A widely cited meta-analysis published in 200012 (updated in 200113) by Gotzsche and Olsen raised questions about the efficacy of mammography. The authors concluded that the methods used in five of the eight studies were so flawed that they had to be excluded from the meta-analysis. Appropriate randomization should lead to very similar groups, but for five of the studies (and part of a sixth, the Malmö II Trial), there were significant differences between the screened group and the control group in some of the characteristics; Gotzsche and Olsen suggested that these differences might bias the trial results. Also, numbers varied among different reports on the same trials. Finally, according to a combined analysis of the four Swedish studies, mortality from breast cancer, but not overall mortality, decreased in the screened group, raising the possibility of bias in determining the cause of death, as well as the possibility that treatments resulting from findings on screening could be dangerous. A meta-analysis of the remaining three studies showed no protective effect of mammography.
The investigators defended their trials. Several trials included some subjects who were later determined to be ineligible, and reports sometimes used the woman's age instead of the date of birth, accounting for differing numbers. The cluster randomization that was used in several trials probably led to small, unimportant base-line differences between groups.14,15 In an updated analysis of the four Swedish studies published after the critique, unadjusted overall mortality was lower in the screened group (relative risk, 0.98 [95 percent confidence interval, 0.96 to 1.00]).16 (Detailed responses to the criticisms of Gotzsche and Olsen are reviewed in Supplementary Appendix 2, available with the full text of this article at http://www.nejm.org.) In addition, Gotzsche and Olsen were criticized for not considering other methodologic aspects, such as the age of participants (one of the trials included only women in their 40s); the number, type, and quality of screenings and the intervals between them; compliance with the assigned strategy; and contamination (the degree to which women in control groups underwent screening mammography).14,15,17,18 Finally, they included a study that compared two methods of screening19 and had no unscreened control group.
In summary, criticisms of all but one of the trials excluded from the meta-analysis have been answered. In-depth independent reviews of the criticisms concluded that they do not negate the effectiveness of mammography, especially for women older than 50 years of age.3,18,20
For many years, there has been controversy over the use of screening mammography for women in their 40s.21 In general, the effect of screening younger women has been slower to appear and less dramatic than the effect among women older than 50 years of age. These differences may result from mammographically denser breasts in younger women (leading to reduced sensitivity of mammography), faster spread of some cancers in younger women, or both. Meta-analyses show that screening in this age group decreased 15-year mortality from breast cancer by about 20 percent.3,22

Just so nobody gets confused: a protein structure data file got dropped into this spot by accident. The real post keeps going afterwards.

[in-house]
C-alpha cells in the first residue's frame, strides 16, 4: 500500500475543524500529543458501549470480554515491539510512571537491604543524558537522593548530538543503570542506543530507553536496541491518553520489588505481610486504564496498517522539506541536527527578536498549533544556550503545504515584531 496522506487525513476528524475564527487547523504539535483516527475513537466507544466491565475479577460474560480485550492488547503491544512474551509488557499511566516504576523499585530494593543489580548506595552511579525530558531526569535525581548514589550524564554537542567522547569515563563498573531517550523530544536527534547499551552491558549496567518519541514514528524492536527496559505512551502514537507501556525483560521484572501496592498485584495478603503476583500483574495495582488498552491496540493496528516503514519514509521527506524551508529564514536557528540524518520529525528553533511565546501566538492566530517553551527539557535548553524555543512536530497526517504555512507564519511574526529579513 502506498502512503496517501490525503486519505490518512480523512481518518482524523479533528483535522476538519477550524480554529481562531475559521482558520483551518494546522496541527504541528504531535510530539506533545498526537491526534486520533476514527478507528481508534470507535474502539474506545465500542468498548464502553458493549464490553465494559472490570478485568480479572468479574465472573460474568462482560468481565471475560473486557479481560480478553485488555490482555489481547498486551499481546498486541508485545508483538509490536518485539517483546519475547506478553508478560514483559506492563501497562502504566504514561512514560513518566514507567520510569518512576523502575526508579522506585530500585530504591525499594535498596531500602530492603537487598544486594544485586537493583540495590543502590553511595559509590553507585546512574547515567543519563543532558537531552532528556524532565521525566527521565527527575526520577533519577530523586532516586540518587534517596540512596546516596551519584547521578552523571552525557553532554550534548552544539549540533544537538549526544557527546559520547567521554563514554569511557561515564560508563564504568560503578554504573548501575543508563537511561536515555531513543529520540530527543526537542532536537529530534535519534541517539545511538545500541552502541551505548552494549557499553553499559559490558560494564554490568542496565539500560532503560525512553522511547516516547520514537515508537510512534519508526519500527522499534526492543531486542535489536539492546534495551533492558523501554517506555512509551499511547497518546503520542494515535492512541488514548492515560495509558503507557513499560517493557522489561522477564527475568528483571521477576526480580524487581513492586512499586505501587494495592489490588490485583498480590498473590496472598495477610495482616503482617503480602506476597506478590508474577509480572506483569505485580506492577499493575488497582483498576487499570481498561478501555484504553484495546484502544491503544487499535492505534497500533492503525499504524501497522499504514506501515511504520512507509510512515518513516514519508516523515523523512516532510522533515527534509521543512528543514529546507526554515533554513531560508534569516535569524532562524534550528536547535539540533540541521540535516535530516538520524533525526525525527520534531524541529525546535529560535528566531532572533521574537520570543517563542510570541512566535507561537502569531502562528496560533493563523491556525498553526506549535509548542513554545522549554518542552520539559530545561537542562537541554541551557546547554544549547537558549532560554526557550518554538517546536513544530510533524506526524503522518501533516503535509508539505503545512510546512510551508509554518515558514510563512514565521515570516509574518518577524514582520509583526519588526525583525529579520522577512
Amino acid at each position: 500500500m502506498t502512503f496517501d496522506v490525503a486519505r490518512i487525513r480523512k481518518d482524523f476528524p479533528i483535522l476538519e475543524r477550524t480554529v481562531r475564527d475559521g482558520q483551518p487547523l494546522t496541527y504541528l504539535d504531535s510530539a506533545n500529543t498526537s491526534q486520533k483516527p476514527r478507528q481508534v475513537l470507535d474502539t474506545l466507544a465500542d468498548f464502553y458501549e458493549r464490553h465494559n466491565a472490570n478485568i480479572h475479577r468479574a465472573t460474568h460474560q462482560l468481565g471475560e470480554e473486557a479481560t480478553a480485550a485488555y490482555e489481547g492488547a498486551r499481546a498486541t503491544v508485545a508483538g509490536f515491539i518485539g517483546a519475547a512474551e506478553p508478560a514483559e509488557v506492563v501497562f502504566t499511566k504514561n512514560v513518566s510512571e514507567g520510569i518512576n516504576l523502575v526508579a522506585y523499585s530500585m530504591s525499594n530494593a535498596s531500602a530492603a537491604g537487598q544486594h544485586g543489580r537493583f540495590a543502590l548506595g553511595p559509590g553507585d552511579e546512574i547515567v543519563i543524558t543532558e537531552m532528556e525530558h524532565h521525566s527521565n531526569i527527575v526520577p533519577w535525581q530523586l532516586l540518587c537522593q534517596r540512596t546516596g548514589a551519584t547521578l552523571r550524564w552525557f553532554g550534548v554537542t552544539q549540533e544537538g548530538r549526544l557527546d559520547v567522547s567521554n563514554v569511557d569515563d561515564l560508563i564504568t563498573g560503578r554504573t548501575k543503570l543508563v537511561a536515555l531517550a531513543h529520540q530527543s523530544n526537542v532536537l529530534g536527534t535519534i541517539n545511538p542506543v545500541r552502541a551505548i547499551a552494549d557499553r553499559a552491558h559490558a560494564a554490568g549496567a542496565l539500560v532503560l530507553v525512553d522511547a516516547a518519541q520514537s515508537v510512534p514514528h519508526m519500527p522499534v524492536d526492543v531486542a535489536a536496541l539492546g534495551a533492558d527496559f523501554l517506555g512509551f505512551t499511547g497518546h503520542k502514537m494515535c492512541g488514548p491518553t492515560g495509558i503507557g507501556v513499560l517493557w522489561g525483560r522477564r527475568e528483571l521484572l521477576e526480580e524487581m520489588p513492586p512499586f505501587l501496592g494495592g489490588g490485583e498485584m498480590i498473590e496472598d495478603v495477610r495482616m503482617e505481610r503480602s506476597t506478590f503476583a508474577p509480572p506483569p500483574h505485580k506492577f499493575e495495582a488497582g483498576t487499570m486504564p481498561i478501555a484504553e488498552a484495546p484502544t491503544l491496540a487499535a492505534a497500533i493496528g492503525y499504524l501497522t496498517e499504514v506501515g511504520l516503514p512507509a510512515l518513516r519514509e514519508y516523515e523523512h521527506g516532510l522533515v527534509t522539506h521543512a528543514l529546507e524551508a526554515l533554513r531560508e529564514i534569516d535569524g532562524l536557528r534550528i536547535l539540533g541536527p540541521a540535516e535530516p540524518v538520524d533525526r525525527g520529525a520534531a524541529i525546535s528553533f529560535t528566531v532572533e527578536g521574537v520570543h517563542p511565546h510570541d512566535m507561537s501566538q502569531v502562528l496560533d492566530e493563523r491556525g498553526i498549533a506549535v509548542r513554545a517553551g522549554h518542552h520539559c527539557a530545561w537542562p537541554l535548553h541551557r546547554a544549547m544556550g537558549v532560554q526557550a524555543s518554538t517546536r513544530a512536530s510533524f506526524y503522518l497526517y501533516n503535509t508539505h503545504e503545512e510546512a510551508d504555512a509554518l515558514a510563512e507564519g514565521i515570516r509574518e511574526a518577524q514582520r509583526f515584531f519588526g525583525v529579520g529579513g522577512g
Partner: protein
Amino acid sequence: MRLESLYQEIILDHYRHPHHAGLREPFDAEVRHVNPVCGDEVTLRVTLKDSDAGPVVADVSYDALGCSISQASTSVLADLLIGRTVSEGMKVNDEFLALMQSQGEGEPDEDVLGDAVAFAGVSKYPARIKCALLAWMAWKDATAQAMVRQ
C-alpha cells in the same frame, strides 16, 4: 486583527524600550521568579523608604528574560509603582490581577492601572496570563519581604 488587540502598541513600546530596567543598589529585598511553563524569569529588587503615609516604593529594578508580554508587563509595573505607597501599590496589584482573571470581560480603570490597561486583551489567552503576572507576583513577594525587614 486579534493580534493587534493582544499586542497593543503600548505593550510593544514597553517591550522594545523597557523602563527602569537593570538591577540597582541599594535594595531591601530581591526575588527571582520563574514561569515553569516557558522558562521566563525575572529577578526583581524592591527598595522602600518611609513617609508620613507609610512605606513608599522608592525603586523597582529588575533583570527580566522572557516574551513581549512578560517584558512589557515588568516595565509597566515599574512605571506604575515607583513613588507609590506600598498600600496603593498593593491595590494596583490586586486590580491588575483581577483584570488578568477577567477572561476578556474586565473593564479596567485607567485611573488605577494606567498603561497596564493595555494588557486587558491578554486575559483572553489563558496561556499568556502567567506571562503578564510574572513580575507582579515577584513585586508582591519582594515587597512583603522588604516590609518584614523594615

Because trial results are presented according to women's ages at the time of entry into the studies, some women who entered in their late 40s received a diagnosis of breast cancer in their 50s; therefore, some of the benefit ascribed to the screening of women in their 40s would have occurred if the women had waited until 50 years of age to be screened.23,24 Also, although analyses are usually presented according to the decade of life, it is likely that a gradual change occurs as a woman ages. The latest analysis of the four Swedish trials — the first to examine screening effects according to five-year age increments — found that screening was most effective after 55 years of age.16
Too few women older than 70 years of age participated in randomized trials to permit conclusions to be drawn about the effects of mammographic screening in this age group. One case–control study in the Netherlands found that screening women between 65 and 74 years of age led to a 55 percent decrease in mortality from breast cancer (relative risk of death from breast cancer, 0.45 [95 percent confidence interval, 0.20 to 1.02]).25
Because most women do not have breast cancer at the time of screening, there is potential to do harm with false positive results that necessitate further investigation before a woman can be declared to be free of disease. Nationally, an average of 11 percent of screening mammograms are read as abnormal and necessitate further diagnostic evaluation26; breast cancer is found in about 3 percent of women with an abnormal mammogram (representing 0.3 percent of all mammograms). Therefore, on average, a woman has about a 10.7 percent chance of a false positive result with each mammogram. Because women are screened repeatedly, a woman's risk of having a false positive mammogram increases over time. One study estimated that after 10 mammograms, about half of women (49 percent [95 percent confidence interval, 40 to 64]) will have had a false positive result, which will have led to a needle biopsy or an open biopsy in 19 percent (95 percent confidence interval, 10 to 41).27